Node Red Alexa Best Practices

Hi everyone, I relatively new to Node Red as I was looking for an alternative to emulated_hue that stopped working for me and the cost of the newly announced Cloud service being unrealistic. With that said, I found the documentation was a little sparse with Node-Red. So this thread is for any cool tricks and best practices for Node Red specifically when using for Alexa. There is some assumptions though, you should already know the basics how Node-Red works.

The first I found, was the debug is YOUR FRIEND! First, you’ll need to add an Alexa node, and then scan in the Alexa app to add to your devices. Assuming you have that already done.

1. Add a Debug node and change the properties to this:

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2. Next, open the debug tab on the right side and ask Alexa something like “Turn on the Fan”. You will notice Alexa sees it’s a Power On command since there’s a property on_off_command: true

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3. Now Try saying something like “Alexa, increase the fan”. Notice it’s not an on_off_command but yet the change_direction is now a 1. If you say "Alexa, decrease the fan, it will be a -1.

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4. So now we can actually do something with this! For a fan as an example, you can create a switch that determines if it’s a Power command or a Change Direction command and separate the two possibilities. Then From there, you can further break them into Power On/Power Off and a Fan Speed Up/Fan Speed Down command. I have a separate script in HA for each possibility.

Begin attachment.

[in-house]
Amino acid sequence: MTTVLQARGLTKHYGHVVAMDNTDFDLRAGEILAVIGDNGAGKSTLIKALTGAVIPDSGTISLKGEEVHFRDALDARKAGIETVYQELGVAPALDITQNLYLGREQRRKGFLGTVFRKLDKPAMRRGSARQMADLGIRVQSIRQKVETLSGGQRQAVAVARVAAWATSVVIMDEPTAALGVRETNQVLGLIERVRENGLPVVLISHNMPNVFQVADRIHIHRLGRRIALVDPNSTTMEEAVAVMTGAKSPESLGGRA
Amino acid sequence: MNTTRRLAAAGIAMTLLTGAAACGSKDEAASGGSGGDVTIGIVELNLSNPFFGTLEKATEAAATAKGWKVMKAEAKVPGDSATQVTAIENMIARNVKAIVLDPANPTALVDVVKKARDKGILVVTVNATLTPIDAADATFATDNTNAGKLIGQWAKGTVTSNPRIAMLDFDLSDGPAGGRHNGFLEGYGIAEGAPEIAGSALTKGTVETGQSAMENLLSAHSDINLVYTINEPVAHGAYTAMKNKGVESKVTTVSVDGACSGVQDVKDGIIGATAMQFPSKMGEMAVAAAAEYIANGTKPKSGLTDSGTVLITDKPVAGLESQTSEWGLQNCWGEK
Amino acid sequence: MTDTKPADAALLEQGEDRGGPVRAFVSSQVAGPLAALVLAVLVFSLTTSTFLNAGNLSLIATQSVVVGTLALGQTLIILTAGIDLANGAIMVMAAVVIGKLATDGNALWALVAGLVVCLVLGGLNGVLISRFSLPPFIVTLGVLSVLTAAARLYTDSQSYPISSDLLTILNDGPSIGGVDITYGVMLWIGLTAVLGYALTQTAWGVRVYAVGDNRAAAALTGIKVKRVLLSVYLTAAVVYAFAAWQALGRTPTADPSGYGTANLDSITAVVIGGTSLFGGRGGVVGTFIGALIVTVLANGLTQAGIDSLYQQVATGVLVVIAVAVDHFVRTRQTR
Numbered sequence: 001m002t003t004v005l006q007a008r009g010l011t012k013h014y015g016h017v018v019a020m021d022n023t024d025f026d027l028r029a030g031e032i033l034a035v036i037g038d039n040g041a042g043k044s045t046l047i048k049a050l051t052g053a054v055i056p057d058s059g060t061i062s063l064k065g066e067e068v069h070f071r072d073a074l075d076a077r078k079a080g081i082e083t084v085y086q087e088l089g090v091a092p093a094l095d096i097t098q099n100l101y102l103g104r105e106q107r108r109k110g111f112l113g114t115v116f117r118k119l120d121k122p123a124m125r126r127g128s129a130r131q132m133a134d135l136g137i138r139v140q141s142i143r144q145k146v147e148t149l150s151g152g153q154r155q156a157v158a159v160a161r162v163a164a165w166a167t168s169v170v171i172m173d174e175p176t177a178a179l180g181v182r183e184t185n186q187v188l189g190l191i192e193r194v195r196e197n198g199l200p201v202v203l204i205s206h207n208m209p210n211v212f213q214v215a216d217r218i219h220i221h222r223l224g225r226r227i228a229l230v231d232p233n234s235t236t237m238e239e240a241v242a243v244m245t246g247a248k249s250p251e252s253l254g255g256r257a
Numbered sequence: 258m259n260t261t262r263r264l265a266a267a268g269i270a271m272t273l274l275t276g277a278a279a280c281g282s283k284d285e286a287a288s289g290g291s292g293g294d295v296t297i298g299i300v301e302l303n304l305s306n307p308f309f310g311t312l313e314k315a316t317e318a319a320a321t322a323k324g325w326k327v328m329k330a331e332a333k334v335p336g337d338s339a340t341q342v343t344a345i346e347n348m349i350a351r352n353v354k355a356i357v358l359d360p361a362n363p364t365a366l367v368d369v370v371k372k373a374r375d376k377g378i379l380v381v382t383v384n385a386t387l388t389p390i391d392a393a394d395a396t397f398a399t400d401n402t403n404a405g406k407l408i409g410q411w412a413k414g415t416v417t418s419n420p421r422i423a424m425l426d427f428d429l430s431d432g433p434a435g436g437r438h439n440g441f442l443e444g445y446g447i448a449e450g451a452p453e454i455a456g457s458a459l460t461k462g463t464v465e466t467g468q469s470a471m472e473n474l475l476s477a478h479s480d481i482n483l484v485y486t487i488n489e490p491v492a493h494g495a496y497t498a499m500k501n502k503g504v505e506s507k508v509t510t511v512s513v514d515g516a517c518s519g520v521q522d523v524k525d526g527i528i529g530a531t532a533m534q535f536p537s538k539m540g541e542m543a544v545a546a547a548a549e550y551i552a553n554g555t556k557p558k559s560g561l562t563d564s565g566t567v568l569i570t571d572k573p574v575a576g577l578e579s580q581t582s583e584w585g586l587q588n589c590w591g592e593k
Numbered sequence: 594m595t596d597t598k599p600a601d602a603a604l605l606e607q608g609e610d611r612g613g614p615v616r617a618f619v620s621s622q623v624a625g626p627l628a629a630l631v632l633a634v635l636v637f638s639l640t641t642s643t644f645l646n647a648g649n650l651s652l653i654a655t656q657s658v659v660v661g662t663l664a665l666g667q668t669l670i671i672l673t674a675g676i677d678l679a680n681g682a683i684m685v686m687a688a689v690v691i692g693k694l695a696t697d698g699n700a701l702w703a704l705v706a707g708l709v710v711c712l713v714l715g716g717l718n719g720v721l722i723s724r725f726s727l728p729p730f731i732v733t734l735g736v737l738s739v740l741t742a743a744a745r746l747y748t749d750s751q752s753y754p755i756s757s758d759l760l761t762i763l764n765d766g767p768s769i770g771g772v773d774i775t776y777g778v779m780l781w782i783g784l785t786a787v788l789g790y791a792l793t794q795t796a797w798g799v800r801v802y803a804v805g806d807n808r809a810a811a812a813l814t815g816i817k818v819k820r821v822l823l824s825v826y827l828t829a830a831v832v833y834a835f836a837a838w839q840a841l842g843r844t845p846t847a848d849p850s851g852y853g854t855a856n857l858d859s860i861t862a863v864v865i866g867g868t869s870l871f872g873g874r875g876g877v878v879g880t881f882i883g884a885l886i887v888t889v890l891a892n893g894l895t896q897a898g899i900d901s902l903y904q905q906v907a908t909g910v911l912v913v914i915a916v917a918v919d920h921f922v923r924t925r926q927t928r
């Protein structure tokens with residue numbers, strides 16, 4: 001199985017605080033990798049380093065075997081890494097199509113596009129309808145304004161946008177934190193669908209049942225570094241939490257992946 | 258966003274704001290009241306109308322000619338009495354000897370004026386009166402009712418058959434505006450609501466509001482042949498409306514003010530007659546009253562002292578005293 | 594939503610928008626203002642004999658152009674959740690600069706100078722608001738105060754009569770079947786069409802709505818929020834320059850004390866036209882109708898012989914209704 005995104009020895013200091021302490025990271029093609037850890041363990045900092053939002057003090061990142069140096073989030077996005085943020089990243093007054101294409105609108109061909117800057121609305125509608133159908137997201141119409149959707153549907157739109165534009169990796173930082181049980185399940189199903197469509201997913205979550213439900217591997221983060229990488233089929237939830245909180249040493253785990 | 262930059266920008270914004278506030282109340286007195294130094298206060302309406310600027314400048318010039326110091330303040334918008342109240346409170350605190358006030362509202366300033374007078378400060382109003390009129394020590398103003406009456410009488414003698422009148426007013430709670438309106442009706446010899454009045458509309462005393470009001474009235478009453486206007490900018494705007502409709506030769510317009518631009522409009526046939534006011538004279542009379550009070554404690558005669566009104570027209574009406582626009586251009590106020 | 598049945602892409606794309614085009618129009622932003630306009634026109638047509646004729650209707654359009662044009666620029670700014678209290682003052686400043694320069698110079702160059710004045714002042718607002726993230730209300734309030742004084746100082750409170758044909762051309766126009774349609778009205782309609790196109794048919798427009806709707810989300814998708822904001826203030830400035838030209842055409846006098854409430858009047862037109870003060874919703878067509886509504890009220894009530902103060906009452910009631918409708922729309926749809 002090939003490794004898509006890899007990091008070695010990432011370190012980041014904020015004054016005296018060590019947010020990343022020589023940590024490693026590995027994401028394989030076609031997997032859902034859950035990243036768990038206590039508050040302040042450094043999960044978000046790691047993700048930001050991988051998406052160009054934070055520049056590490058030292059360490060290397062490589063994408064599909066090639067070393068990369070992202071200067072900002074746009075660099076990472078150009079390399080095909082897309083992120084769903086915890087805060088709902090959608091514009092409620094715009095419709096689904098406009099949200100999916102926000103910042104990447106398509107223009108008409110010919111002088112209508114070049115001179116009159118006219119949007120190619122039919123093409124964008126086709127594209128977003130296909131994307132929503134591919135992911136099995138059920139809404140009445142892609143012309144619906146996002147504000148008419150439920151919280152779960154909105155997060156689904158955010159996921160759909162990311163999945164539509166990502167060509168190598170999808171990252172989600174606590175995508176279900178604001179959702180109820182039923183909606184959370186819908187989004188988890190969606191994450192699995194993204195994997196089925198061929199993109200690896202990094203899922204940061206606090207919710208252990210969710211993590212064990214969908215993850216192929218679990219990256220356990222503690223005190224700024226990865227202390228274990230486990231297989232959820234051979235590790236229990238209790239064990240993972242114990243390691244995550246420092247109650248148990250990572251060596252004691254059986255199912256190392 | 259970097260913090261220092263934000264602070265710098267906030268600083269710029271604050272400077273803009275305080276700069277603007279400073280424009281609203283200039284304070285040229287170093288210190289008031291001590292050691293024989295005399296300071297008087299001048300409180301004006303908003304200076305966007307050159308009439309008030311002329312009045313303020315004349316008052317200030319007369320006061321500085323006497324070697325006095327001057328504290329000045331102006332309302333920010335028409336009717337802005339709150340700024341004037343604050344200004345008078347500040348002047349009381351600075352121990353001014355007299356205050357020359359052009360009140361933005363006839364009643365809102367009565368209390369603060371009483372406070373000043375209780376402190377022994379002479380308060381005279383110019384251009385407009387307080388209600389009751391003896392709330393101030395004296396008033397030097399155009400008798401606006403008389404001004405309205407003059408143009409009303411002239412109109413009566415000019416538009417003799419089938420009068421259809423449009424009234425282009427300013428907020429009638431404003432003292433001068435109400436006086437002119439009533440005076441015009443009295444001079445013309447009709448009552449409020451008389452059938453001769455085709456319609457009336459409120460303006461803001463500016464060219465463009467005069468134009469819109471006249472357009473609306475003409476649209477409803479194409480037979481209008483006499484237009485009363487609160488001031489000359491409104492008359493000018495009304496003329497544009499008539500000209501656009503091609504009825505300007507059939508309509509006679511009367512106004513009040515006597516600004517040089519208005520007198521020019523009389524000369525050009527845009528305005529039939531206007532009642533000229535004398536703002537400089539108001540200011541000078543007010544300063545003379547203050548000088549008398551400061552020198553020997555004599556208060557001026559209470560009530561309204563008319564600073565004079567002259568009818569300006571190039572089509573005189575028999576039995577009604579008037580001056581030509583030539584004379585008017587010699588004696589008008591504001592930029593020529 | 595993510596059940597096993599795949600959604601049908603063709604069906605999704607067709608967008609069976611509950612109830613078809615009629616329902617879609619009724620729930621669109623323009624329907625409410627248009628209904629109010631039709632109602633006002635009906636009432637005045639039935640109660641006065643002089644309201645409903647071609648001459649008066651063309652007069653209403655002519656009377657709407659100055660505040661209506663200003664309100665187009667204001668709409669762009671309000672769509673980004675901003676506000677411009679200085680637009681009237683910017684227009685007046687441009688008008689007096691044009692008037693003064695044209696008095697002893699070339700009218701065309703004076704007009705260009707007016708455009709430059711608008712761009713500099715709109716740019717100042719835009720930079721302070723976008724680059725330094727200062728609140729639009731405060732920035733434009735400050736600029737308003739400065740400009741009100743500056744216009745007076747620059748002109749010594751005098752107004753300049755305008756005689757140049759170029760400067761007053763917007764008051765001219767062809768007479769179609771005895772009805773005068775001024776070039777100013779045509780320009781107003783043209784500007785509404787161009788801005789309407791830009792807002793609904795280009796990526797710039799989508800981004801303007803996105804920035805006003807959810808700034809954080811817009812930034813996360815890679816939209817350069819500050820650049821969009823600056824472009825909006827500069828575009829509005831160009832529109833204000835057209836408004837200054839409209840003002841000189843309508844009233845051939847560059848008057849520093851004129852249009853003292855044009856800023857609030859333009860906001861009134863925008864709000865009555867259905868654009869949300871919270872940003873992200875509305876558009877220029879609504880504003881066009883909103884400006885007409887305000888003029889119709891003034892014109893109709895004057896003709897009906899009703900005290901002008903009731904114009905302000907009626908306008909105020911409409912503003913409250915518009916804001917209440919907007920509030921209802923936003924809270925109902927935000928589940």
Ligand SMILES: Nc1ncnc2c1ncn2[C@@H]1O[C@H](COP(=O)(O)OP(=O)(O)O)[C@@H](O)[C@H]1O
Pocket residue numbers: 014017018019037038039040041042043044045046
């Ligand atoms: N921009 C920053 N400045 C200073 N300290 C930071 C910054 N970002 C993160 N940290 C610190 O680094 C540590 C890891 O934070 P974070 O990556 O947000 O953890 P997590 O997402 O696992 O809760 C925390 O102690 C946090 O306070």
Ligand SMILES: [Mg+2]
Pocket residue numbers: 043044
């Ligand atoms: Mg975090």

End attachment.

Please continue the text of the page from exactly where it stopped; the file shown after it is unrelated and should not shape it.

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5. Now configure the switch which determines whether Alexa thinks it’s a power command like this:

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6. Next, configure the other switch which determines whether Alexa sends to a increase or decrease command like this:

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7. Finally, connect the nodes up together and you should have something like this!

That’s it really! Pretty simple. Looking forward to any other tricks people have!!



Great work! Can’t wait to try it.

What Node do you use for Alexa?

nice write up. My only thing is I wouldn’t use a regex match for on/off matching and I would just do a string comparison. And on top of that, I’d “cheat” even more and just do a comparison for “on”, and then do otherwise for the 2nd output.

This is purely from a performance standpoint, that regex is expensive, and there is absolutely no reason to check for off if you already checked for on.

I personally am running Alexa through HA still (I’m still on 56.2 since anything newer causes my CPU to spike to 100% use), but if I ever get something that needs speed/volume/whatever control I’ll have to take a look.

(EDIT: and yes, I know that it doesn’t need to be super high performance, it is just what i’d do out of habit for all of my nodes as some are triggered a lot faster than by alexa)

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@nordlead2005 Good point! I should definitely change it to be more efficient. Thanks

@outrun I’m using the local Alexa node. Some people were having issues with it, but I think the same principles would work for the cloud based one.

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